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Pakistan-TCC dispute over Reko Diq: government to be held responsible if there”s adverse verdict: Supreme Court




  • The Supreme Court on Friday observed that the entire responsibility would rest with the government if International Centre for Settlement of Investment Disputes (ICSID) announces an adverse verdict on a dispute between Pakistan and the Tethyan Copper Company-Australia (TCC) over Reko Diq mining lease. 

    A three-judge bench led by Chief Justice Iftikhar Muhammad Chaudhry resumed the hearing of identical petitions filed against the federal government”s decision to lease out gold and copper mines in Reko Diq in Balochistan to foreign companies. The bench categorically stated that the court would seek a satisfactory explanation from all parties to the case as to how and under what law TCC was granted mining rights in Pakistan. 

    The bench resumed the hearing of Reko Diq case after it took up a fresh petition filed against intervention from the ICSID Tribunal London which reserved its judgement over the Reko Diq mining lease dispute on November 6. The Chief Justice asked why TCC approached ICSID Tribunal if the agreement was transparent and legal. 

    The bench has granted leave to appeal to a petition of Maulana Abdul Haque Baloch, making it a part of the earlier filed identical petitions in the Reko Diq case against the federal government”s decision to lease out gold and copper mines in Balochistan to foreign companies. 

    At the outset of hearing, Advocate General Balochistan Amanullah Kanrani submitted documentary record pertaining to the Reko Diq lease, saying the agreement of the provincial government with BHP Minerals Intermediate Exploration was signed only for exploration of the mineral resource.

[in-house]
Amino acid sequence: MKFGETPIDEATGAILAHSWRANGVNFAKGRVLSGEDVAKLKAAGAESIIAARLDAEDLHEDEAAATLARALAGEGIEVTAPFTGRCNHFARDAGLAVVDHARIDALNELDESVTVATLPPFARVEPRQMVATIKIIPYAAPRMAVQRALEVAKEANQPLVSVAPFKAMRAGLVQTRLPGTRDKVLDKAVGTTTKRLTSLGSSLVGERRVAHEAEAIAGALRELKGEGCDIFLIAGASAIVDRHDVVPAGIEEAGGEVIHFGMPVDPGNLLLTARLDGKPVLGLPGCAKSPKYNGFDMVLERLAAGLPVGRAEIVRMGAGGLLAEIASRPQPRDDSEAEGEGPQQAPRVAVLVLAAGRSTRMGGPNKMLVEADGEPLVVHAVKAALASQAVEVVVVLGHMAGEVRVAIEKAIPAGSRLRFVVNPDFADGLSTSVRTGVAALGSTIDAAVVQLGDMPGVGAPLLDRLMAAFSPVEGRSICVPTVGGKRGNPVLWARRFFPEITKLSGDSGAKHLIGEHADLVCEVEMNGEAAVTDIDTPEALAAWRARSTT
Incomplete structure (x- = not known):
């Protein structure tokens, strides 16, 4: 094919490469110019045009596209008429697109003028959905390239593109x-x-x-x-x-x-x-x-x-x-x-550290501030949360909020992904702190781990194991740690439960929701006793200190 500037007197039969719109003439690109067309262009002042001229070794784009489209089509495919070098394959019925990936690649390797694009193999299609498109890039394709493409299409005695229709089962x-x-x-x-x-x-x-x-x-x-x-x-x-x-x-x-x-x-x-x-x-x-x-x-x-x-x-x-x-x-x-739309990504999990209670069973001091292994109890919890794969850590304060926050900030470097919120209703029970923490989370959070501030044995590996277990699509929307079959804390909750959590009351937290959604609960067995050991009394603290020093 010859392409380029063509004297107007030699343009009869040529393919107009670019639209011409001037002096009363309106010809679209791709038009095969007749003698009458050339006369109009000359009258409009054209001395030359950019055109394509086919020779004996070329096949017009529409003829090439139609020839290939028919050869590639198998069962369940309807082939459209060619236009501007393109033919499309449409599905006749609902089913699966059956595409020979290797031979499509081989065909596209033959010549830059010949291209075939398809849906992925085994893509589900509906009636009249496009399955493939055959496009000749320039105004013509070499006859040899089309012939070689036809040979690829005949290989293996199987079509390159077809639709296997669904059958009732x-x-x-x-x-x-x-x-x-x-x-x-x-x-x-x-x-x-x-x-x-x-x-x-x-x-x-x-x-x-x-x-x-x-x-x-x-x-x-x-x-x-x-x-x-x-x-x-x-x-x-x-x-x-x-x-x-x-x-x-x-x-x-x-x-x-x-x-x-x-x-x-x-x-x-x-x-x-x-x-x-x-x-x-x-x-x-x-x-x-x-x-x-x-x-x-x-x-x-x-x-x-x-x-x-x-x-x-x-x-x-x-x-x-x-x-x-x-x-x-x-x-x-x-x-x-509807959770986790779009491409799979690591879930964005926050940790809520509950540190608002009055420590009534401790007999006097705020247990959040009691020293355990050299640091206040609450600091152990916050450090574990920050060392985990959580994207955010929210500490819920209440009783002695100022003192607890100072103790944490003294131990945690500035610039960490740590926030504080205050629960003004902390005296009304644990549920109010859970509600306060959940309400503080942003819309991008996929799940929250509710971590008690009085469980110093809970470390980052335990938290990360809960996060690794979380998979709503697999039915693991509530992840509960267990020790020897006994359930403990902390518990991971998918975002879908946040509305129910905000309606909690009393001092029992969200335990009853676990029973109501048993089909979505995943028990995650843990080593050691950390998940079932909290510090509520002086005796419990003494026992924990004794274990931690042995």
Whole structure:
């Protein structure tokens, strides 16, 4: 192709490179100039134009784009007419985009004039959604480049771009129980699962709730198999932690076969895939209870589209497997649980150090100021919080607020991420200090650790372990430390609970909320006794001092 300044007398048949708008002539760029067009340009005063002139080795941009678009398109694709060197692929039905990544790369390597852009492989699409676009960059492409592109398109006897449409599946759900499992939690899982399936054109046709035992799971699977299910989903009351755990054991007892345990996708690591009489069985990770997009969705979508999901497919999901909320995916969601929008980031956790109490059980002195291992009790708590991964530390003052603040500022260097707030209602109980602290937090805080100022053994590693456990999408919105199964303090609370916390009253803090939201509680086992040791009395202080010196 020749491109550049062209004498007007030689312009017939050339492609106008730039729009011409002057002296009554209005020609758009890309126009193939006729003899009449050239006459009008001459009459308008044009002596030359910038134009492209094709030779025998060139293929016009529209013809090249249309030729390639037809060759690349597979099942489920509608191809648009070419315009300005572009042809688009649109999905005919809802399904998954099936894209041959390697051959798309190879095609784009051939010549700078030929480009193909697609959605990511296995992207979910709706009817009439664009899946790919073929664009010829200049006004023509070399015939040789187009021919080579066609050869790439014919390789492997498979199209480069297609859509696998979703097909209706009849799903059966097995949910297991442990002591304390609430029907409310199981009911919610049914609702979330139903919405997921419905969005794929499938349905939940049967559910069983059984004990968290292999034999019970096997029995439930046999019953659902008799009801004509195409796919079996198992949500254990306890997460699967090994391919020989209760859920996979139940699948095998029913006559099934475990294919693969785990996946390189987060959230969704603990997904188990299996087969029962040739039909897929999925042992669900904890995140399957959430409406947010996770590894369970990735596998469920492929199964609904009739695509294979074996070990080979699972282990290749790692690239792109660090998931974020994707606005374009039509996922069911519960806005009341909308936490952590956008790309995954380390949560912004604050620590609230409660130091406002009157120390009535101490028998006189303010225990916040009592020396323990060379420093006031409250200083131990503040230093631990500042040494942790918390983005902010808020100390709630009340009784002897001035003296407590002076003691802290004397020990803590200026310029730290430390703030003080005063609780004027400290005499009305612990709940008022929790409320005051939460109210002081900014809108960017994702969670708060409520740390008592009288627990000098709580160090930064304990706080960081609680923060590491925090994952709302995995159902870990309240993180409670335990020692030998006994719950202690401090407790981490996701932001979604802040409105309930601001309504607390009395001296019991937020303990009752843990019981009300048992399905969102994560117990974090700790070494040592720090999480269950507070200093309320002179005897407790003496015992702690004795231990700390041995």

He told the bench that ICSID during the hearing had clearly raised a question: Who would be held responsible for making payment of compensation to the TCC in case the contract was declared null and void by the Tribunal? The bench directed all parties to help the court determine during the next hearing under which law the Reko Diq agreement was challenged at an international forum for mediation. 

    Raza Kazim, the counsel for the petitioner Maulana Abdul Haque Baloch, reiterated that Reko Diq contract was not legal or transparent, adding that the execution of CHEJVA was tailor-made to cater to the needs of the respondents of the case. He contended CHEJVA was made on the respondents” specific terms, including the process of taking the copper and gold out of Pakistan. Substantiating his argument, Kazim said the people of Balochistan and Pakistan were not given accurate information relating to actual amount of copper and gold discovered in Reko Diq. Later, the court adjourned the hearing of case till November 19. 

    Copyright Business Recorder, 2012

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